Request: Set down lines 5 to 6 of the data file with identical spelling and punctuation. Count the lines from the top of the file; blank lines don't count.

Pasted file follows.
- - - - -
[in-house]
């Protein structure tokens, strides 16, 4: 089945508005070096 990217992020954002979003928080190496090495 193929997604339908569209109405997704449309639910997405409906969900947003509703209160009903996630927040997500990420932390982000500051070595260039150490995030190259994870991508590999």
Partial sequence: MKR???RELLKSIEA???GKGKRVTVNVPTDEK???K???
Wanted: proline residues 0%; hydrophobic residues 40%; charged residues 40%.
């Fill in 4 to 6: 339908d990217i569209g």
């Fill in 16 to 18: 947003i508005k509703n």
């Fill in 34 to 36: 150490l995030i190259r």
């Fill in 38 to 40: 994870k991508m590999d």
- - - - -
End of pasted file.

């Fill in 4 to 6: 339908d990217i569209g």
């Fill in 16 to 18: 947003i508005k509703n």